As well as being unique and special in terms of habitat and species supported, Machair systems also provide an array of ecosystem services. These include but are not limited to:
Provision of grazing biomass: grazing of Machair sites is highly valued due to the nature of the drier ground in winter months and also the healthy condition of animals grazed there. In recent years however stocking levels have increased and there has been a general switch from traditional breeds of cattle and sheep to continental / lowland breeds. The changes in animal type can have repercussions in relation to habitat as well as costs for farmers to maintain stock less suited to these conditions.
Water flow regulation (flood mitigation) and sediment trapping: there is an intricate and complex relationship between Machair habitats and groundwater, and the LIFE on Machair project areas have a number of flushes and springs connected which help maintain the habitats. Machairs are classified as Groundwater Dependent Terrestrial Ecosystems (GWDTEs) (you can read more about these here). Coastal lagoons and lakes (often found within Machair complexes) and Machair wetlands are critical for flood mitigation and help trap sediment flowing through catchments with knock on benefits for water quality.
Coastal protection: coastal erosion and flooding is a feature of dynamic coastlines such as the north west of Ireland. However, in recent decades, increased storm intensity and flooding events have increased pressure on coastal areas. Machair systems provide a significant degree of coastal protection, but reduced resilience due to reduced habitat quality renders these sites less capable of providing protection.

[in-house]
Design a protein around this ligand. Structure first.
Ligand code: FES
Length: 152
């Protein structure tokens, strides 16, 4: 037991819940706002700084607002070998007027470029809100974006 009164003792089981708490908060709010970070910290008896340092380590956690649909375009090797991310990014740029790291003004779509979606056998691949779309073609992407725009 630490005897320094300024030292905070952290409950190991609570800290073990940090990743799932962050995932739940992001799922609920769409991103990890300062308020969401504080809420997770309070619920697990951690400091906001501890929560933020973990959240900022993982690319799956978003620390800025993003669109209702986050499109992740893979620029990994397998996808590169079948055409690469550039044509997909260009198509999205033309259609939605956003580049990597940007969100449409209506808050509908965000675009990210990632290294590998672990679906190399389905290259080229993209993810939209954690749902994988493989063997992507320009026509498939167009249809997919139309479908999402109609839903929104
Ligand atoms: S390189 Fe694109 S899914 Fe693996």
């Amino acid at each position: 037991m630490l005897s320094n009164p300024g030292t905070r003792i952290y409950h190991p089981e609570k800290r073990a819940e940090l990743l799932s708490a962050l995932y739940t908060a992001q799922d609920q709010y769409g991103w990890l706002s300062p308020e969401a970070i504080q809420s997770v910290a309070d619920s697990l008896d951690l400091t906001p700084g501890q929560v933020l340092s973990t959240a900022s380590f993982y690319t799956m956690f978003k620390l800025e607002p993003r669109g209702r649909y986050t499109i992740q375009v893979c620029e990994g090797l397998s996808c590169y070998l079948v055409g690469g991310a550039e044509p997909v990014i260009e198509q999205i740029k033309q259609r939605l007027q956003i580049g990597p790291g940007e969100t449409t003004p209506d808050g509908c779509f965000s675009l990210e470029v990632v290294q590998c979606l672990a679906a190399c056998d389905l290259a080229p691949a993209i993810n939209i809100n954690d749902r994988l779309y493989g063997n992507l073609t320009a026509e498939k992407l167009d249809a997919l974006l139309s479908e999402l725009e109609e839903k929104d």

Pollination and soil supporting services: pollination is essential for a number of crops produced commercially as well as domestic produce. Valuing the role of pollination has been carried out through a number of studies, but the decline in invertebrate communities can also be linked to soil health. Both these ecosystem services are critical for Machair ecosystem health and resilience. The use of herbicides, pesticides and animal welfare products can tip the balance here.
Photo: Karina Dingerkus.
Recreational and tourism use: in recent decades, tourism along the western seaboard has increased significantly. These areas are highly attractive and require appropriate planning and regulation of access to ensure damage to coastal sites is mitigated. Machair commonages are often confused as ‘common land’ – though they are in private ownership. Camping and trafficking can have significant impacts on habitat quality but in particular has deleterious consequences for breeding waders.
Cultural and social heritage: apart from the strong farming traditions on Machairs, there is a myriad of archaeological (distant and recent past) that make these sites hugely important from a heritage perspective. Mesolithic and Neolithic artefacts are still being uncovered at some sites, and many of the Machair sites were centres of the monastic tradition in Ireland (such as the Inishkea Islands) but also for Viking settlement (such as at Doonloughan). Places like the Inishkea Islands, de-populated in the 1930s, present a view of our more recent past. Maintaining the integrity of this heritage is important both from local and national heritage perspectives.